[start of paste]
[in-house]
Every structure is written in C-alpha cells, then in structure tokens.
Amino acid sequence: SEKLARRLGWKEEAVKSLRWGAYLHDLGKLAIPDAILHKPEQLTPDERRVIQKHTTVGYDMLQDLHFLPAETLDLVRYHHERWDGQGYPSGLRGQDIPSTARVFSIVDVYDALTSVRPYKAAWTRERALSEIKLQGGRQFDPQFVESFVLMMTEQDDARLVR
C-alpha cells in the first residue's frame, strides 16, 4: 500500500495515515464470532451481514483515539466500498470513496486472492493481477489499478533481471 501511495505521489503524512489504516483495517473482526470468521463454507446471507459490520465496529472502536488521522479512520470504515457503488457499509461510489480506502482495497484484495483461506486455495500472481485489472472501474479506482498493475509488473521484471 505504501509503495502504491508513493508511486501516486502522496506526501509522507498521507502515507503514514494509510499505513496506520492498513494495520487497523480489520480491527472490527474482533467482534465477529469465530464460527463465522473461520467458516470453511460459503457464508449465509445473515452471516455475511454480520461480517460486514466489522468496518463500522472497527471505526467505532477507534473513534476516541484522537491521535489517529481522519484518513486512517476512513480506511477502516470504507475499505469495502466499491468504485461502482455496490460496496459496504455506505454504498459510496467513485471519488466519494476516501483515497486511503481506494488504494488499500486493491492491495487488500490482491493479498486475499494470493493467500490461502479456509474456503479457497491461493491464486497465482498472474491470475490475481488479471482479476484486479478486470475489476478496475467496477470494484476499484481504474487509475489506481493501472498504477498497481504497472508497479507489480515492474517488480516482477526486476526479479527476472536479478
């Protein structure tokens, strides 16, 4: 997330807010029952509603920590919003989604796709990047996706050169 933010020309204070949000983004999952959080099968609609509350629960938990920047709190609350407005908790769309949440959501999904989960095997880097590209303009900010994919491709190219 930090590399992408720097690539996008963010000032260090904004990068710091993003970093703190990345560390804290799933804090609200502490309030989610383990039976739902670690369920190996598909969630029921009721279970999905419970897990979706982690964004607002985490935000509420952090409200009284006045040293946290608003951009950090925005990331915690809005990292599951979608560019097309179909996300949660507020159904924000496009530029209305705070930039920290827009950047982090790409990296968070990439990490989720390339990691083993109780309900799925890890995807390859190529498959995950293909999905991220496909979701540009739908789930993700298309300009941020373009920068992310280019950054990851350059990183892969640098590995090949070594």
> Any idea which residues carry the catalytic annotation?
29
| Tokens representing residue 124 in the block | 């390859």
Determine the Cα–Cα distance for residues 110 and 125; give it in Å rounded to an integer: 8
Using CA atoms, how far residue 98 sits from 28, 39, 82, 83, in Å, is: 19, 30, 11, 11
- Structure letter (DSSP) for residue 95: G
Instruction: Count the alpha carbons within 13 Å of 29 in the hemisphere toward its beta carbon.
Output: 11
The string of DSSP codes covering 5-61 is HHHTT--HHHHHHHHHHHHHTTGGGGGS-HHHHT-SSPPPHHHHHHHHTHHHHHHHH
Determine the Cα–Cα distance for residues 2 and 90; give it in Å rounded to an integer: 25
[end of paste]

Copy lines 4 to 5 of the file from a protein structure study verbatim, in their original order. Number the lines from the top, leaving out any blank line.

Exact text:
C-alpha cells in the first residue's frame, strides 16, 4: 500500500495515515464470532451481514483515539466500498470513496486472492493481477489499478533481471 501511495505521489503524512489504516483495517473482526470468521463454507446471507459490520465496529472502536488521522479512520470504515457503488457499509461510489480506502482495497484484495483461506486455495500472481485489472472501474479506482498493475509488473521484471 505504501509503495502504491508513493508511486501516486502522496506526501509522507498521507502515507503514514494509510499505513496506520492498513494495520487497523480489520480491527472490527474482533467482534465477529469465530464460527463465522473461520467458516470453511460459503457464508449465509445473515452471516455475511454480520461480517460486514466489522468496518463500522472497527471505526467505532477507534473513534476516541484522537491521535489517529481522519484518513486512517476512513480506511477502516470504507475499505469495502466499491468504485461502482455496490460496496459496504455506505454504498459510496467513485471519488466519494476516501483515497486511503481506494488504494488499500486493491492491495487488500490482491493479498486475499494470493493467500490461502479456509474456503479457497491461493491464486497465482498472474491470475490475481488479471482479476484486479478486470475489476478496475467496477470494484476499484481504474487509475489506481493501472498504477498497481504497472508497479507489480515492474517488480516482477526486476526479479527476472536479478
């Protein structure tokens, strides 16, 4: 997330807010029952509603920590919003989604796709990047996706050169 933010020309204070949000983004999952959080099968609609509350629960938990920047709190609350407005908790769309949440959501999904989960095997880097590209303009900010994919491709190219 930090590399992408720097690539996008963010000032260090904004990068710091993003970093703190990345560390804290799933804090609200502490309030989610383990039976739902670690369920190996598909969630029921009721279970999905419970897990979706982690964004607002985490935000509420952090409200009284006045040293946290608003951009950090925005990331915690809005990292599951979608560019097309179909996300949660507020159904924000496009530029209305705070930039920290827009950047982090790409990296968070990439990490989720390339990691083993109780309900799925890890995807390859190529498959995950293909999905991220496909979701540009739908789930993700298309300009941020373009920068992310280019950054990851350059990183892969640098590995090949070594």